DPS Mailing #01-44: Decadal survey, astrobiology workshop

Status Report From: American Astronomical Society
Posted: Monday, October 29, 2001


The NRC Large Satellites Panel of the Solar System Exploration Survey solicits your input with regard to science themes and key questions in our draft outline. It is available in word95, html, and text formats at:

The original format is word95, so the text and html versions contain some formatting errors.

We have not yet attempted to prioritize future missions or other initiatives, but further comments about these important issues continue to be welcome.

The tasks of the Large Satellites panel are: to conduct a broad survey of the current state of knowledge about the large outer planet satellites; to inventory the top-level scientific questions that should provide the focus for large satellite exploration in the coming decade and beyond; and to produce a prioritized list of the most promising avenues for flight investigations and supporting ground-based activities.

The NRC Large Satellites Panel consists of Alfred McEwen (Chair), Bob Pappalardo (Vice-Chair), Caitlin Griffith, Torrence Johnson, Krishan Khurana, and Bill Moore. For the purpose of this survey, a "large" satellite is defined as those satellites of Jupiter, Saturn, Uranus, and Neptune >300 km diameter. The smaller (generally irregular) satellites of these planets and Pluto/Charon are covered by the Primitive Bodies panel; Triton will be considered by both the Large Satellites and the Primitive Bodies panels.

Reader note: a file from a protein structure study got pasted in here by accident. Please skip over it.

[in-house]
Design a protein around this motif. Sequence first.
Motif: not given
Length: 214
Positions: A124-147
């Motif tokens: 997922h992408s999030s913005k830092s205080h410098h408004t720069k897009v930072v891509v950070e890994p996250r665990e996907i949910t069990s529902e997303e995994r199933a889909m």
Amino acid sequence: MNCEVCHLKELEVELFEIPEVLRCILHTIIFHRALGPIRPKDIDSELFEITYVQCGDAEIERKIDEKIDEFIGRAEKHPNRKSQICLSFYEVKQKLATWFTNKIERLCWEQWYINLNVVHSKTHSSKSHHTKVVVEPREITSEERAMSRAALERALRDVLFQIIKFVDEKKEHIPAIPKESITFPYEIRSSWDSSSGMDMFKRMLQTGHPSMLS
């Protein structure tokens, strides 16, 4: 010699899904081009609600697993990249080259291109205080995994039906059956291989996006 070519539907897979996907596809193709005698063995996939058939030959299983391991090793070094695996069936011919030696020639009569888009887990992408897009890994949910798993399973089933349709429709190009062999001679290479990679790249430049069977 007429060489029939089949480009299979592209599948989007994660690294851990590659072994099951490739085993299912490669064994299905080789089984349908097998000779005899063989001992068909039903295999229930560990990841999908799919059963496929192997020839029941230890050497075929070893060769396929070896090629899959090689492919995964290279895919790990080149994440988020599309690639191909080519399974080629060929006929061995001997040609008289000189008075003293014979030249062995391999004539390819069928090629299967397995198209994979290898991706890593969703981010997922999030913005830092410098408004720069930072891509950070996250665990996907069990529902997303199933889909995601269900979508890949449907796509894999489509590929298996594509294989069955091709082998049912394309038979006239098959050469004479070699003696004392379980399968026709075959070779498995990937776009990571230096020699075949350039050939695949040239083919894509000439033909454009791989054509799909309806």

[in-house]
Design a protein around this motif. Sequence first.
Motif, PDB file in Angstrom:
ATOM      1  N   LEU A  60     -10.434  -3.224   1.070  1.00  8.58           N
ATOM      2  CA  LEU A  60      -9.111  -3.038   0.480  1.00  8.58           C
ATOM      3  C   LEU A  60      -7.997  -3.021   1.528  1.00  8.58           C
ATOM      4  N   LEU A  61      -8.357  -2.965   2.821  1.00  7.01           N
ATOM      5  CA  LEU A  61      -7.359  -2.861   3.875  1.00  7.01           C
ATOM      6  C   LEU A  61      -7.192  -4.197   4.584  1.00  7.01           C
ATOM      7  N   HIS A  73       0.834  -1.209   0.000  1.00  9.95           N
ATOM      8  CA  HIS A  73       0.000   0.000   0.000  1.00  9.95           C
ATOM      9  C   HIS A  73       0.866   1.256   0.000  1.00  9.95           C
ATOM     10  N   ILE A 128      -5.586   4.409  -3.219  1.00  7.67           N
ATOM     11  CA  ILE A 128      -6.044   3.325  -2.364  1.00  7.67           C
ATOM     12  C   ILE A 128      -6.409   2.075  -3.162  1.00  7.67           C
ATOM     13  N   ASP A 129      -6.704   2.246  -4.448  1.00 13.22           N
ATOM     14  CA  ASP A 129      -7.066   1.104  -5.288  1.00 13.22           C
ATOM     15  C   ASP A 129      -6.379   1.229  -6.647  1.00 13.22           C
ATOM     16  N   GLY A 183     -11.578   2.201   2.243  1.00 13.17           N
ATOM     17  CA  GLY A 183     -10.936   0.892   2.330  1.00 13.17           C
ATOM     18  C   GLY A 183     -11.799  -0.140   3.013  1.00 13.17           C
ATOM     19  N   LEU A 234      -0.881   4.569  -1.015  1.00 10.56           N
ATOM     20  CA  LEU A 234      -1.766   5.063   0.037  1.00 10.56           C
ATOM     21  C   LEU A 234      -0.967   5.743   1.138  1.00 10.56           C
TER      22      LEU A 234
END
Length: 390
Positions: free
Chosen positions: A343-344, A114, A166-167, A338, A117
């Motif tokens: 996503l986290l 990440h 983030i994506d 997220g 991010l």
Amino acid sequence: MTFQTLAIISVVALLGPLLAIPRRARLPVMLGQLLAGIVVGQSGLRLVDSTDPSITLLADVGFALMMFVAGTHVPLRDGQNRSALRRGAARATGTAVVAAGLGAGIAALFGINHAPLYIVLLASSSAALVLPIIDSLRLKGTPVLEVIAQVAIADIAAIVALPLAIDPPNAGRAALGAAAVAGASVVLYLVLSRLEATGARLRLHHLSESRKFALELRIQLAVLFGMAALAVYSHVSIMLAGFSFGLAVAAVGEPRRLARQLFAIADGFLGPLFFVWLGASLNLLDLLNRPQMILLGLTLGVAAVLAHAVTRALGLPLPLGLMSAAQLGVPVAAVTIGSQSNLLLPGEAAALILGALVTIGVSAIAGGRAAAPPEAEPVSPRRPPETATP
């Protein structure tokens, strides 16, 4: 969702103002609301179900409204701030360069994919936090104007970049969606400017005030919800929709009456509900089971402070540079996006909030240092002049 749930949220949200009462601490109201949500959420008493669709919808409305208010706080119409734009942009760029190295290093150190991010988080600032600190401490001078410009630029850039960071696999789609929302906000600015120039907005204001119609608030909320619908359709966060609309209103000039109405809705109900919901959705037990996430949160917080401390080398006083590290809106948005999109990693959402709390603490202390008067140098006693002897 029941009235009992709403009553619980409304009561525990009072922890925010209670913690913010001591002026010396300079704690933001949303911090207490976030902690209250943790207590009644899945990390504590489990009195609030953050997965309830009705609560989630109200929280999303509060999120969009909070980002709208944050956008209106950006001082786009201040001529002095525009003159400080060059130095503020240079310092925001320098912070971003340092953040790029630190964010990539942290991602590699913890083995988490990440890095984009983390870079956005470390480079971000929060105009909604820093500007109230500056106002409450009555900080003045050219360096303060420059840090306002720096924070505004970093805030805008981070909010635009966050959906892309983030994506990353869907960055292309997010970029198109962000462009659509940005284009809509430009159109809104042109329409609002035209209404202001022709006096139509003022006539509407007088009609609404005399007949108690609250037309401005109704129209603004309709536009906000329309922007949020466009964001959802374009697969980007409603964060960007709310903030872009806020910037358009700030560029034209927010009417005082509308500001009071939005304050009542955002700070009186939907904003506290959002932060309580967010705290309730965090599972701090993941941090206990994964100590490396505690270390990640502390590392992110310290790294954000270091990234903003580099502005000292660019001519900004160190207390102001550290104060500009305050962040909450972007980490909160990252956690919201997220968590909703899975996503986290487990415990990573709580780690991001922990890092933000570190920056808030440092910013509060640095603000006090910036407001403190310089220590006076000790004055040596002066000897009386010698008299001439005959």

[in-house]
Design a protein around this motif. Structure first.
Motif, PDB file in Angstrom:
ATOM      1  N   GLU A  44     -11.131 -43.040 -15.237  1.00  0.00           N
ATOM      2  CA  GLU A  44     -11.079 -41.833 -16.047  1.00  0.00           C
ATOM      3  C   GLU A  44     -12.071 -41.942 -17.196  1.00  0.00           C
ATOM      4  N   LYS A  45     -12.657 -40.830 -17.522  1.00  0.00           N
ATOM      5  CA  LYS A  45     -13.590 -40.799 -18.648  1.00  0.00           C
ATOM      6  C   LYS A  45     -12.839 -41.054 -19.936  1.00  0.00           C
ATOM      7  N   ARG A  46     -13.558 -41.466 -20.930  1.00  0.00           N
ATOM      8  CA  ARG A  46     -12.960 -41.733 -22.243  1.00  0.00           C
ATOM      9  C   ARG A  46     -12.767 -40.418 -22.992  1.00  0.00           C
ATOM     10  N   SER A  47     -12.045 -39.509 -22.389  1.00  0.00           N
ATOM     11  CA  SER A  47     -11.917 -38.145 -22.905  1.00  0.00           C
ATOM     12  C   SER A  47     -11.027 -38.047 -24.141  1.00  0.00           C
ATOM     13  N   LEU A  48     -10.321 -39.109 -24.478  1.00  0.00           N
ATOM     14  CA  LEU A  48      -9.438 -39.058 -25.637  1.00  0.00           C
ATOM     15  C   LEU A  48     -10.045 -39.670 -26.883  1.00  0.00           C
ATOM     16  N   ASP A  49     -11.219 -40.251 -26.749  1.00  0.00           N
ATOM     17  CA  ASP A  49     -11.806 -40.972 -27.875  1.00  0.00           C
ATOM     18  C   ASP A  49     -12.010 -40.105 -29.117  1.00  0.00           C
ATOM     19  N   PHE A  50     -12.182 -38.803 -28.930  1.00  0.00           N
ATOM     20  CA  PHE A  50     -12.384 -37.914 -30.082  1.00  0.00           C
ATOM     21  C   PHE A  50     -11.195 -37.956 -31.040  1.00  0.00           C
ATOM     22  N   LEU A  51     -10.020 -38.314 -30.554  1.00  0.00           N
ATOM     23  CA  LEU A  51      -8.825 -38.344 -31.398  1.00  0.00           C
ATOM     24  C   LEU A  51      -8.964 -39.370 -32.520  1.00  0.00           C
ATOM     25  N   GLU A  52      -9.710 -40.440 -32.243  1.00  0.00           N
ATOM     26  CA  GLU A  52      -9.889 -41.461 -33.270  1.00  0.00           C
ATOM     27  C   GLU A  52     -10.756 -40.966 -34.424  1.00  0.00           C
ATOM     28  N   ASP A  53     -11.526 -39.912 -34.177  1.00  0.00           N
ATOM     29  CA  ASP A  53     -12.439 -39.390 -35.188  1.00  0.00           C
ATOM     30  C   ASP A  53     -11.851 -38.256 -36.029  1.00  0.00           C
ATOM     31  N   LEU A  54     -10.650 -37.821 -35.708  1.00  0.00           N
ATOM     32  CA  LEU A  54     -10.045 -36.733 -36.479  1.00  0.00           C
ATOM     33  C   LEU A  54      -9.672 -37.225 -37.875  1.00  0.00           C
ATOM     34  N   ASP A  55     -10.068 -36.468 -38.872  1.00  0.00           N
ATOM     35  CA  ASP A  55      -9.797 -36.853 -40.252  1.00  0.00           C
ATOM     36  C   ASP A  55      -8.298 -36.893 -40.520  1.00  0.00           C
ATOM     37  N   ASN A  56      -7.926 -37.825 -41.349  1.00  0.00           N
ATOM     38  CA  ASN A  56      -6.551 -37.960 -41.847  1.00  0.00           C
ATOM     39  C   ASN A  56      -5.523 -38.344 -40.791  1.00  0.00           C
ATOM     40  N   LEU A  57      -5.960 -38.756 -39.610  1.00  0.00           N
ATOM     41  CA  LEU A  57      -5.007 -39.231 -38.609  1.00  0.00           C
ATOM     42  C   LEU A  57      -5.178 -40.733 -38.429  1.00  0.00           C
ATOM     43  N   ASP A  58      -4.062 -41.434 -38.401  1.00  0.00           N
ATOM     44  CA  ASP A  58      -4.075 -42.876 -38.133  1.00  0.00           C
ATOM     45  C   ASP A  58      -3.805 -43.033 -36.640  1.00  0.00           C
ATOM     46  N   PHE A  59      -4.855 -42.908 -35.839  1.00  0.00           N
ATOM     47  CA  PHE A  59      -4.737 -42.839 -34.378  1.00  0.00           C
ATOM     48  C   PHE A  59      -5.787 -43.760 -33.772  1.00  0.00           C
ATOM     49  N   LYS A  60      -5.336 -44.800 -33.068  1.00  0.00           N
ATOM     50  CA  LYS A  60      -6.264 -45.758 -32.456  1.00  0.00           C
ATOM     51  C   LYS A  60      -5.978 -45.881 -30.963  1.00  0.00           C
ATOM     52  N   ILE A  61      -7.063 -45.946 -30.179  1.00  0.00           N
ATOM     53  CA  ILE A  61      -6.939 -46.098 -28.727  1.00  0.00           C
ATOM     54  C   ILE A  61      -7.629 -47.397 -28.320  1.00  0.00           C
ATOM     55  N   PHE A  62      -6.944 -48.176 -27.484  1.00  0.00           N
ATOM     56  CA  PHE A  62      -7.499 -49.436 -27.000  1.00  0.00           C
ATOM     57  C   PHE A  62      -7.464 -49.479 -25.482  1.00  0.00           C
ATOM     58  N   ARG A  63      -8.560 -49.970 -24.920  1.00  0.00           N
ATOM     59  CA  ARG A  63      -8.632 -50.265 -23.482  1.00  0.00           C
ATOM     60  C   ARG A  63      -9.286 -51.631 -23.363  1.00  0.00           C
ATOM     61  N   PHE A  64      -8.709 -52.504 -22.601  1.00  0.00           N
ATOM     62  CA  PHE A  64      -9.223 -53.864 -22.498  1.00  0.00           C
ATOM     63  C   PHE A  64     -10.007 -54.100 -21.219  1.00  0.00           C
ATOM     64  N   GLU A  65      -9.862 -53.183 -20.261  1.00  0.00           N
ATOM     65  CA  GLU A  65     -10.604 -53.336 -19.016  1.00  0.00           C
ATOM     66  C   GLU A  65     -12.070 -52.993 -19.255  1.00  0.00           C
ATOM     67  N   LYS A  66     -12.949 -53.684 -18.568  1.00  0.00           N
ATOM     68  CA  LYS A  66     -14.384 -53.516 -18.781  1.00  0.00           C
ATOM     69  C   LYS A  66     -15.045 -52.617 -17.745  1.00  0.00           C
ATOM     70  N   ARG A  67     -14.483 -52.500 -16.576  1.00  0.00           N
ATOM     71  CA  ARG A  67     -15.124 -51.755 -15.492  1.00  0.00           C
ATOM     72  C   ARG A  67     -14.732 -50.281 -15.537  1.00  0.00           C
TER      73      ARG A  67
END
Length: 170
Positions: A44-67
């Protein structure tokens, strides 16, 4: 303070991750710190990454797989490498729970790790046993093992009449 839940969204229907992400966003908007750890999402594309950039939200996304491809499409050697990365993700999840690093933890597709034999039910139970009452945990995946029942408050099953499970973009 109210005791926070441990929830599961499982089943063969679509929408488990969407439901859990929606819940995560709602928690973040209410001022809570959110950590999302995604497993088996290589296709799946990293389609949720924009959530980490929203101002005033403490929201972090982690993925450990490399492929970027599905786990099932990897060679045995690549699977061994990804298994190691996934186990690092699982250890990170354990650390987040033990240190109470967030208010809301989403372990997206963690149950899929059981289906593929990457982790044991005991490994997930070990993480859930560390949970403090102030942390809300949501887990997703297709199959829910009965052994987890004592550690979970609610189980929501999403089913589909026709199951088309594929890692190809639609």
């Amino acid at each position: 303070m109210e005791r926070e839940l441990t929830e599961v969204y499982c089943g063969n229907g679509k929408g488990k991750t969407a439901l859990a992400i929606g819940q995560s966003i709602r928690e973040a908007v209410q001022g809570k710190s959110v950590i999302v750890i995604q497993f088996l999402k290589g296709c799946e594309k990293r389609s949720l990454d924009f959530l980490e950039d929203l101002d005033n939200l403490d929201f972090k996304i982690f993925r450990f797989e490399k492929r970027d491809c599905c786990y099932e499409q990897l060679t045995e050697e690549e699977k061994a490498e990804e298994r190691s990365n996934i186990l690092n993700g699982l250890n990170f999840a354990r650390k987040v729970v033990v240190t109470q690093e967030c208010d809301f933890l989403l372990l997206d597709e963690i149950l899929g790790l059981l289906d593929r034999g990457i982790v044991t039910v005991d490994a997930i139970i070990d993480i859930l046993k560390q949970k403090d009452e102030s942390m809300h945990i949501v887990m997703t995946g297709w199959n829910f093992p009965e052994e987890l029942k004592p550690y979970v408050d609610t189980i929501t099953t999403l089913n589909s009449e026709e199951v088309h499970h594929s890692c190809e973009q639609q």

Please send your comments to:

or fax to 520-621-9628

I will forward all correspondence to the other panel members.

We also encourage you to post your comments at the DPS website: Cheers,
Alfred McEwen

California Institute of Technology, Pasadena, California, USA
December 17-19, 2001

The California Institute of Technology and the Jet Propulsion Laboratory are hosting a multi-disciplinary workshop to identify what observations of the composition of the Mars atmosphere would allow the detection of extant subsurface life, remnants of life, or signatures of past climate supportive of life. A key question is how to distinguish between actual biosignatures and atmospheric composition resulting from volcanic emissions and other non-biological natural processes that might be occurring on Mars.

Members of the scientific community are invited to participate in plenary session discussions and present poster talks. The proceedings of the workshop will be published.

Further information may be found at the workshop website

( Registration will be through this website.

The NASA Astrobiology Institute will entertain requests for travel support. See the workshop website for additional details.


Planetary Volcanology & Astrobiology tenure track faculty positions, Dept. of Geology & Planetary Science, Univ. of Pittsburgh. See also AAS Job Register:

Melissa McGrath, on behalf of the DPS Committee (submissions to Al Harris:

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